6. A Horror Film That Takes Place In One Room (No CUBEs)

Eight people — Em (Emily Foxler), Kevin (Maury Sterling), Mike (Nicholas Brendon), Lee (Lorene Scafaria), Hugh (Hugo Armstrong), Beth (Elizabeth Gracen), Amir (Alex Manugian) and Laurie (Lauren Maher) — gather for a dinner part on the night Miller’s Comet passes. Em and Kevin are dating but she’s unsure. Amir has brought Laurie, who used to date Kevin. Beth and Laurie hate one another, yet Laurie is being really tough on Em.

Then things get really weird.

As the lights go out in the entire neighborhood, they realize that everyone in their dining room has exact duplicates in another dining room one house over. Basically, the movie takes place all inside one house, along with another house that has another group of eight people.

Did I say one house? By the end of this movie, every choice has made another reality and some of those are bleeding into one another.

Directed and written by James Ward Byrkit from a story by Manugian, this movie didn’t have a script as much as getting their own unique paragraph which had their goal for the day. This allowed for the story to unfold naturally as the movie shot over five days, which is why so many of the reactions seem so real. Manugian also was on set as Amir to guide any scenes that went too far off the story.

I have to go back and watch this again, as Wikipedia reports that the movie “…cuts to black at 0:02, 0:03, 0:05, 0:05, 0:07, 0:09, 0:19, 0:27, 0:32, 0:34, 1:06, 1:18, 1:22, and 1:23.” Bykirt says that there’s a meaning there but won’t say what it is. He also said that this movie was an attempt “to strip down a film set to the bare minimum: getting rid of the script, getting rid of the crew.”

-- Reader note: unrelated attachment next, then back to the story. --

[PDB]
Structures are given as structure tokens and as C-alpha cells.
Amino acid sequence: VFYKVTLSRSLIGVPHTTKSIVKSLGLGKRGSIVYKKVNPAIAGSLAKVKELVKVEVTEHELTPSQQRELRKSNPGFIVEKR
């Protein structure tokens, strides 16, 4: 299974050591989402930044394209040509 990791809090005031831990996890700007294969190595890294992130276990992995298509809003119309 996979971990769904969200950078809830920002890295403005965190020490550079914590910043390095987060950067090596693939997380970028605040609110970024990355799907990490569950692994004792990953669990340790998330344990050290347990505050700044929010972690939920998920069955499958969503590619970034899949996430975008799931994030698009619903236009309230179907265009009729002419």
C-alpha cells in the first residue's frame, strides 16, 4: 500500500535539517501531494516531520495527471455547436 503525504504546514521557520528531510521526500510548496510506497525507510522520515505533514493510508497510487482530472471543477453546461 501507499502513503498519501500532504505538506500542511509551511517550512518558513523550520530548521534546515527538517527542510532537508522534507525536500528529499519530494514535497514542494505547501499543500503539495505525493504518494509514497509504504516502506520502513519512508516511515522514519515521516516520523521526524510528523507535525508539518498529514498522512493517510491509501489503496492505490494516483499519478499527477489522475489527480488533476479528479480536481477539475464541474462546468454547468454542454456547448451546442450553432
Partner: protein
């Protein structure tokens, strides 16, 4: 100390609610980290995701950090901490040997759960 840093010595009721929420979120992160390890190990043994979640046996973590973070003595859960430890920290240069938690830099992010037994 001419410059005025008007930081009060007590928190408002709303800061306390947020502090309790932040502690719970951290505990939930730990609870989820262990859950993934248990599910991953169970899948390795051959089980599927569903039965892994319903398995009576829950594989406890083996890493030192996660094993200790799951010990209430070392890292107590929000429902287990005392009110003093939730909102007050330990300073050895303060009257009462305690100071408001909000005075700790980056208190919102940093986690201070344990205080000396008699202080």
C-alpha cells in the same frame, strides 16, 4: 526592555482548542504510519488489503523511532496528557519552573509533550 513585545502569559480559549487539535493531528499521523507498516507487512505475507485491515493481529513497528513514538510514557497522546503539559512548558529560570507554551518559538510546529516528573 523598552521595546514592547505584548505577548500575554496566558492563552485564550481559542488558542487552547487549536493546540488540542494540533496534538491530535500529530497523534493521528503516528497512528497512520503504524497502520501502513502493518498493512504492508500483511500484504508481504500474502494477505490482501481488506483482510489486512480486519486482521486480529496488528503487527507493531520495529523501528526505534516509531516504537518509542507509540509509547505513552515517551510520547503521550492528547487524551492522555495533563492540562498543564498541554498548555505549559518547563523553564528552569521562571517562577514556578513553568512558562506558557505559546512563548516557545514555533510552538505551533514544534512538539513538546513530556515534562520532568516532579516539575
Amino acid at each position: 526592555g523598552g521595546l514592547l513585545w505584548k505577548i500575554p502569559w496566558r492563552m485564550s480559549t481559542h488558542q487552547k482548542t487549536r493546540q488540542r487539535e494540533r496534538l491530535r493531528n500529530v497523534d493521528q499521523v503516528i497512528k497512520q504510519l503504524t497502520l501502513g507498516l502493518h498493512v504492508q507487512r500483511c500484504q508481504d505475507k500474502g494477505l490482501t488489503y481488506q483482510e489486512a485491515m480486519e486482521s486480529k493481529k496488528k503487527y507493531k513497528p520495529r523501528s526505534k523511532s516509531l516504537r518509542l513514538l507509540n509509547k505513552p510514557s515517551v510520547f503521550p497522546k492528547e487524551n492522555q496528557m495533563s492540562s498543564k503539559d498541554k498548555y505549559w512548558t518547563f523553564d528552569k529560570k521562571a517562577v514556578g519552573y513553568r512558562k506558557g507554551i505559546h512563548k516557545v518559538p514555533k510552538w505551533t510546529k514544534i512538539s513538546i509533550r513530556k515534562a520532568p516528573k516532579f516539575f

This movie should be discussed way more than it is and I can’t believe that it took me so long to find it.

You can watch this on Tubi.


  1. A super fascinating movie, and quite the ballsy move to shoot a complex story like this in such an organic way.

    But I guess these types of stories rarely end up being completely logical anyway, so nothing lost on that front, but a lot gained by having a film which feels unusually natural for the genre.

    I like how there are a few moments where you can tell Manugian had to be a bit forceful in trying to steer the story away from a dead-end track, but the blackouts? I can’t even remember if I had a theory about them, or just gave up trying to figure them out!


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